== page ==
So the null hypothesis is a kind of straw dog. We set it up only in order for it to be knocked down in one direction or the other.
It may be worthwhile to mention here a key difference between this approach and many other combining approaches that assume the probabilities are independent. This difference applies, for example, to such approaches as the “Bayesian chain rule” and “Naïve Bayesian classification”. Those approaches have been tested in head-to-head combat against the approach described here using large numbers of human-classified e-mails and didn't fare as well (i.e., didn't agree as consistently with human judgment).
The calculations for those approaches are technically invalid due to requiring an independence of the data points that is not actually present. That problem does not occur when using the Fisher technique because the validity of the calculations doesn't depend on the data being independent. The Fisher calculation is structured such that we are rejecting a null hypothesis that includes independence in favor of one of the two alternative hypotheses that are of interest to us. These alternative hypotheses each involve non-independence, such as the correlation between “sex” and “porn”, as part of the phenomenon that creates the extreme combined probabilities.
These combined probabilities are only probabilities under the assumption that the null hypothesis—known to be almost certainly false—is true. In the real world, the Fisher combined probability is not a probability at all, but rather an abstract indicator of how much (or little) we should be inclined to accept the null hypothesis. It is not meant to be a true probability when the null hypothesis is false, so the fact that it isn't doesn't cause computational problems for us. The naïve Bayesian classifier is known to be resistant to distortions due to a lack of independence, but it doesn't avoid them entirely.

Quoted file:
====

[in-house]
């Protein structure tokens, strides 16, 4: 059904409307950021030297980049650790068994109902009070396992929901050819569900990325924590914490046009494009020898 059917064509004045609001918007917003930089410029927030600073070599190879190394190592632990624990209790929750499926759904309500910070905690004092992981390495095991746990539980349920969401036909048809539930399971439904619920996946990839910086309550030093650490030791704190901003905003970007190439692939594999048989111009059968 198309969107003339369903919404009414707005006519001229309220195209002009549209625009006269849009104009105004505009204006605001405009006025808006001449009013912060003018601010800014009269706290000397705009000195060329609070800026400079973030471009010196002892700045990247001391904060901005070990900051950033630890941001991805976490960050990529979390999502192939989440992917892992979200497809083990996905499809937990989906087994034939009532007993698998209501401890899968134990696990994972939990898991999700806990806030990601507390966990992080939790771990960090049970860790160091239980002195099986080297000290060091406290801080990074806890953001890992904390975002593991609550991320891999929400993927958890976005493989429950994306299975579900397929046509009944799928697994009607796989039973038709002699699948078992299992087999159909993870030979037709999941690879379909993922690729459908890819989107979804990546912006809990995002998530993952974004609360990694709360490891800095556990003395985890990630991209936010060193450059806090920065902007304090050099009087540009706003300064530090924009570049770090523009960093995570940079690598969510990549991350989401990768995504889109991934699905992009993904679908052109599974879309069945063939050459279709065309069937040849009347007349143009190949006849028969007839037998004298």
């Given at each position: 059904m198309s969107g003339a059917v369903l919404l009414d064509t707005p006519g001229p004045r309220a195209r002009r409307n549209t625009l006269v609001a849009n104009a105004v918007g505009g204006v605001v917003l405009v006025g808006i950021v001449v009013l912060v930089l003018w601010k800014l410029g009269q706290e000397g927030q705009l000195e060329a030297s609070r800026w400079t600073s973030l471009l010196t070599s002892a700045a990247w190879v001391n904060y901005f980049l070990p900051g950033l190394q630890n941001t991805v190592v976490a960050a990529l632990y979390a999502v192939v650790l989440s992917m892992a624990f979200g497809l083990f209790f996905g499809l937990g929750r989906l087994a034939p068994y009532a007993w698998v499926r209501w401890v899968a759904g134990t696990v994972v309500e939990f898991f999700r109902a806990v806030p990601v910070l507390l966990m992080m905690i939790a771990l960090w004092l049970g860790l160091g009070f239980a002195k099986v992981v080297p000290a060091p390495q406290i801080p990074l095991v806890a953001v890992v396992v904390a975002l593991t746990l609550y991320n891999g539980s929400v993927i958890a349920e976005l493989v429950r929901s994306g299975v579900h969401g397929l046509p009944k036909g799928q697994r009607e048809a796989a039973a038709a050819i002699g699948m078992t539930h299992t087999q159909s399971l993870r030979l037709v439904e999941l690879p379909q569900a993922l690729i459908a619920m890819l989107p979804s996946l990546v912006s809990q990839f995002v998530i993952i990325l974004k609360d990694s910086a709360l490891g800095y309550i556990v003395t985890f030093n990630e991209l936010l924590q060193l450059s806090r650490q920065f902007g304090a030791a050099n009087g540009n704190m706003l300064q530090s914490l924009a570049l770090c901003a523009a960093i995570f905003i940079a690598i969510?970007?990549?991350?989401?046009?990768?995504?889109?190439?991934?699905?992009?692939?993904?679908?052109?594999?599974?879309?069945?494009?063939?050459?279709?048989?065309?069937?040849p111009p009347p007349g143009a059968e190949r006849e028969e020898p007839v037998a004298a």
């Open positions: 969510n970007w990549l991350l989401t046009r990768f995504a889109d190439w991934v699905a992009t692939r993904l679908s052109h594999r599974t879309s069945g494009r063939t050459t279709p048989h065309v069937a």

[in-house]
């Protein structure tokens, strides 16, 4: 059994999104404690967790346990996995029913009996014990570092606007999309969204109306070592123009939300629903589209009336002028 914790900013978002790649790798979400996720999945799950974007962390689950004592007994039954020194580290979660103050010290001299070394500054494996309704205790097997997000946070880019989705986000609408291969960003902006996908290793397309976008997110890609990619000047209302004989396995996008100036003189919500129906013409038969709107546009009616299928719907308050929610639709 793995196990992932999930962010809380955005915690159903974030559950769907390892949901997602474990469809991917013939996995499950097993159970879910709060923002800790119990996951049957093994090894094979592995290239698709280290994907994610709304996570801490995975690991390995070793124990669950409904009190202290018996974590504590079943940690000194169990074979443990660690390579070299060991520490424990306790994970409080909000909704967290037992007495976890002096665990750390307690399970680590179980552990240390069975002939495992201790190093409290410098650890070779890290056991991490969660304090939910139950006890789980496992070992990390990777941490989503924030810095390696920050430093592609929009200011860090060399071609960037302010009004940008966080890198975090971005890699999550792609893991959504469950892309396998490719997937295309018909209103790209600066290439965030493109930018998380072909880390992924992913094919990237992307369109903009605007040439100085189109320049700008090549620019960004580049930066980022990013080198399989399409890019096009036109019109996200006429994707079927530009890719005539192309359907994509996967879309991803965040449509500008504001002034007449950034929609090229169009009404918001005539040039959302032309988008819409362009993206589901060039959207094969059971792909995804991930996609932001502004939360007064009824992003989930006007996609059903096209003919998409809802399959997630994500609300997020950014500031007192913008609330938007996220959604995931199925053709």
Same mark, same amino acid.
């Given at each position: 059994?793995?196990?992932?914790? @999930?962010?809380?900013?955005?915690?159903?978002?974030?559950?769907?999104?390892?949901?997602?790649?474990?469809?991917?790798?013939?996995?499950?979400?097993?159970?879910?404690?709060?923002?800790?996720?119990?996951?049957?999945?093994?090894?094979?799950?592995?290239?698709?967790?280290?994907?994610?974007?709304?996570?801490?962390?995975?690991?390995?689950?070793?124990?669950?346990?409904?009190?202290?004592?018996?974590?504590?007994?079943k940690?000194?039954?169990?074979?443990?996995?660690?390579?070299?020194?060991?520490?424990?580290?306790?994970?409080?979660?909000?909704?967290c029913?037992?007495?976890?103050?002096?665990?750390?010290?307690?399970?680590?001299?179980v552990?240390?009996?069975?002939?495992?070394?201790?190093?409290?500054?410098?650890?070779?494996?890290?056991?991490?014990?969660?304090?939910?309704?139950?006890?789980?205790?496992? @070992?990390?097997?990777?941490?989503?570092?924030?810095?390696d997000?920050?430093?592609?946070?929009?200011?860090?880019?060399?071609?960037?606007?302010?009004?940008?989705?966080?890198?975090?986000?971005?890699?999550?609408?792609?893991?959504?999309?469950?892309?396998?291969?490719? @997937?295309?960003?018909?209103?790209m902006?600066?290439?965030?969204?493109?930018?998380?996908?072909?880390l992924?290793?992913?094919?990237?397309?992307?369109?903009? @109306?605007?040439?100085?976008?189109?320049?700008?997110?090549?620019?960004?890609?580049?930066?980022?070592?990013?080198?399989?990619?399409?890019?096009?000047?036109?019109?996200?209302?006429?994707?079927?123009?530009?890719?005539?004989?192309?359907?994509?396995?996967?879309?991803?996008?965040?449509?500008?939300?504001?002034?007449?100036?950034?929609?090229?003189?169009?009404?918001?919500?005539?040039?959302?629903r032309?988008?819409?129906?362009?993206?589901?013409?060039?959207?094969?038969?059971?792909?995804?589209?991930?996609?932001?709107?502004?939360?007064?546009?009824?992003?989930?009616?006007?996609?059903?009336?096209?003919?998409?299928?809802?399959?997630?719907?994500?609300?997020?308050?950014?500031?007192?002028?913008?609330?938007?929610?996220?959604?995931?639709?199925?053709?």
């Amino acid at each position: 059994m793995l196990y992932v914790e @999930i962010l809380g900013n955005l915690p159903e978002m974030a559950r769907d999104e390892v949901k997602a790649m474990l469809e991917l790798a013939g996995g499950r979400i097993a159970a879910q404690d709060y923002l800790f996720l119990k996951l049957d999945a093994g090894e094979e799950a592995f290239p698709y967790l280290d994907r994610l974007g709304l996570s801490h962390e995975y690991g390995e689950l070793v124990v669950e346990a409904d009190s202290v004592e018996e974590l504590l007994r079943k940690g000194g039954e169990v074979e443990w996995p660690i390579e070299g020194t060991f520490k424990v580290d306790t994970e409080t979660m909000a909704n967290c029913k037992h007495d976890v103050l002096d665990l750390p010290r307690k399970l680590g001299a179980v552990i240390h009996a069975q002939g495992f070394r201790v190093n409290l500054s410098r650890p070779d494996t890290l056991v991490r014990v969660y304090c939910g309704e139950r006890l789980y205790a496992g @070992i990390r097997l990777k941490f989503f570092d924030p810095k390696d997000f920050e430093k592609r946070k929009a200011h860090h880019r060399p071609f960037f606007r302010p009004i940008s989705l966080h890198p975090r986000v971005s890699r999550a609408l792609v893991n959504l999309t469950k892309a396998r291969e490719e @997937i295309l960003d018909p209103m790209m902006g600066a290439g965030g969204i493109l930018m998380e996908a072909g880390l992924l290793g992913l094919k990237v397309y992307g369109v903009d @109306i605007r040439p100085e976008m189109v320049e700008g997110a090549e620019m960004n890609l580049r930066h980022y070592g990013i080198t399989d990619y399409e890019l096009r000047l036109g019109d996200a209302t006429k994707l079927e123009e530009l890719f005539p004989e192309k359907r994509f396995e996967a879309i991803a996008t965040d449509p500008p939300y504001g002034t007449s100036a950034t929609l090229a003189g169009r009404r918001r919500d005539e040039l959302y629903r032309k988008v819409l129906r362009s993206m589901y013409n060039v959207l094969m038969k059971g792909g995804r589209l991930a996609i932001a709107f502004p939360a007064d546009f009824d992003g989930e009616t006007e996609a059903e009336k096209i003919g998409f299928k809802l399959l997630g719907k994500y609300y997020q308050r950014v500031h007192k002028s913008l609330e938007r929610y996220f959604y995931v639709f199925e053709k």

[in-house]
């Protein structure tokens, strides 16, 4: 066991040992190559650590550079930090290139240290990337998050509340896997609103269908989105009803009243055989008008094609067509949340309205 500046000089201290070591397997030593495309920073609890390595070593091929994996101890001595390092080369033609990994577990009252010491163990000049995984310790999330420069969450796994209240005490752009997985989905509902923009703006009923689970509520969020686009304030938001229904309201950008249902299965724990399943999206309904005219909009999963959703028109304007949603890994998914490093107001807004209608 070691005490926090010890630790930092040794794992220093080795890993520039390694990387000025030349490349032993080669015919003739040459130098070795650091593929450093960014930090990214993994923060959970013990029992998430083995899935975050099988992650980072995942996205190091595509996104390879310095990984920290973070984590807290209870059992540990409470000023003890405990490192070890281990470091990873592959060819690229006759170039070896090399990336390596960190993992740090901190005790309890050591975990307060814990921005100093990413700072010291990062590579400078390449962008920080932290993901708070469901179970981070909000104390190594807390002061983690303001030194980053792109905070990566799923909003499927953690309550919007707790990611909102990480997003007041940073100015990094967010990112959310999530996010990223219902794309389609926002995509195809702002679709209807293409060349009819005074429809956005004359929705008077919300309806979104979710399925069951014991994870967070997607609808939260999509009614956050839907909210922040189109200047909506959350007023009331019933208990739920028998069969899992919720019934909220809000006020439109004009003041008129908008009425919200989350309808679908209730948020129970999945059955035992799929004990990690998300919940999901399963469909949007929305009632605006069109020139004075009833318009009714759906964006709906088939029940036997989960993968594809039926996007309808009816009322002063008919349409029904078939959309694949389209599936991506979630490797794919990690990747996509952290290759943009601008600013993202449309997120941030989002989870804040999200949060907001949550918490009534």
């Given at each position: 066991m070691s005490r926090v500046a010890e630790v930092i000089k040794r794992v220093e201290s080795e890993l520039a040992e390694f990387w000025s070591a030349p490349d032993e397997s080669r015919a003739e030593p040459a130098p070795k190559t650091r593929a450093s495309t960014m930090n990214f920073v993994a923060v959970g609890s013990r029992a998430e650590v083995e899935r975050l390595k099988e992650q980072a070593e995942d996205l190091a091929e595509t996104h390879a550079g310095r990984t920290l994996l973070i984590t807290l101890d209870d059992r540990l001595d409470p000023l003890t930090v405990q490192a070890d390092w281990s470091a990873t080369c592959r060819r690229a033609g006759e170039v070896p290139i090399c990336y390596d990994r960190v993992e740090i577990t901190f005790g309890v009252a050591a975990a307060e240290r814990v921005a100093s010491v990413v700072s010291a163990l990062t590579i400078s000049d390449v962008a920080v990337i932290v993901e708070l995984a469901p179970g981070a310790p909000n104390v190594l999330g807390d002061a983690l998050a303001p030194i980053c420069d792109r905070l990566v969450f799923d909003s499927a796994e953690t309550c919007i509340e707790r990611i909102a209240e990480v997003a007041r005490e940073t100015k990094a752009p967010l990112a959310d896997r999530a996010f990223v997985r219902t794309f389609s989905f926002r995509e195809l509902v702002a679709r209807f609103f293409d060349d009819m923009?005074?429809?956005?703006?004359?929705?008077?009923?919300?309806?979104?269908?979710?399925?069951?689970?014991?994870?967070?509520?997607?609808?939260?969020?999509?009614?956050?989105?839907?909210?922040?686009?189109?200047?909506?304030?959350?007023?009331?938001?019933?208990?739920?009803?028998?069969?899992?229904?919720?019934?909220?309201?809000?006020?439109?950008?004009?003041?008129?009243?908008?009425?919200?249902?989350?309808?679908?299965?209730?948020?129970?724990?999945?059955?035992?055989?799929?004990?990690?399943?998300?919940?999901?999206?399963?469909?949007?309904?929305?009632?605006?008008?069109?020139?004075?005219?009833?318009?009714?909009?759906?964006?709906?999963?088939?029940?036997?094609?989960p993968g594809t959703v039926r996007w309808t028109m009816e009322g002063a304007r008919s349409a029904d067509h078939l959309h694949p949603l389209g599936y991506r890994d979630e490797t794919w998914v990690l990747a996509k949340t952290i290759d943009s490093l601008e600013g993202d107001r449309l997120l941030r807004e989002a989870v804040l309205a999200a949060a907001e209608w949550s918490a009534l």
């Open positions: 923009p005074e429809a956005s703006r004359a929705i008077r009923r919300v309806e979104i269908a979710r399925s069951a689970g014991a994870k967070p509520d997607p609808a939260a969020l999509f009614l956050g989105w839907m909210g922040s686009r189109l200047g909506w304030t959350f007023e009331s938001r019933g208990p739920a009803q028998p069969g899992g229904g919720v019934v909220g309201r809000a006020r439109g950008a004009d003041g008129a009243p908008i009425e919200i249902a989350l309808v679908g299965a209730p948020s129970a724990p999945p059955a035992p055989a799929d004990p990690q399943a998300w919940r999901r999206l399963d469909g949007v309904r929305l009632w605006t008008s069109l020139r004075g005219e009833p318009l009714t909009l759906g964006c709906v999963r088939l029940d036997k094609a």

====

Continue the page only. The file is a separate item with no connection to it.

Whether these differing responses to a lack of independence in the data are responsible for the superior performance of Fisher in spam/ham classification testing to date is not known, but it is something to consider as one possible factor.
The individual f(w)s are only approximations to real probabilities (i.e., when there is very little data about a word, our best guess about its spam probability as given by f(w) may not reflect its actual reality). But if you consider how f(w) is calculated, you will see that this uncertainty diminishes asymptotically as f(w) approaches 0 or 1, because such extreme values can be achieved only by words that have occurred quite frequently in the training data and either almost always appear in spams or almost always appear in hams. And, conveniently, it's the numbers near 0 that have by far the greatest impact on the calculations. To see this, consider the influence on the product .01 * .5 if the first term is changed to .001, vs. the influence on the product .51 *.5 if the first term is changed to .501, and recall that the Fisher technique is based on multiplying the probabilities. So our null hypothesis is violated by the fact that the f(w)s are not completely reliable, but in a way that matters vanishingly little for the words of the most interest in the search for evidence of hamminess: the words with f(w) near 0.
Alert readers will wonder at this point: “Okay, I understand that these Fisher calculations seem to make sense for hammy words with correspondingly near-0 probabilities, but what about spammy words with probabilities near 1?” Good question! Read on for the answer that will complete our discussion.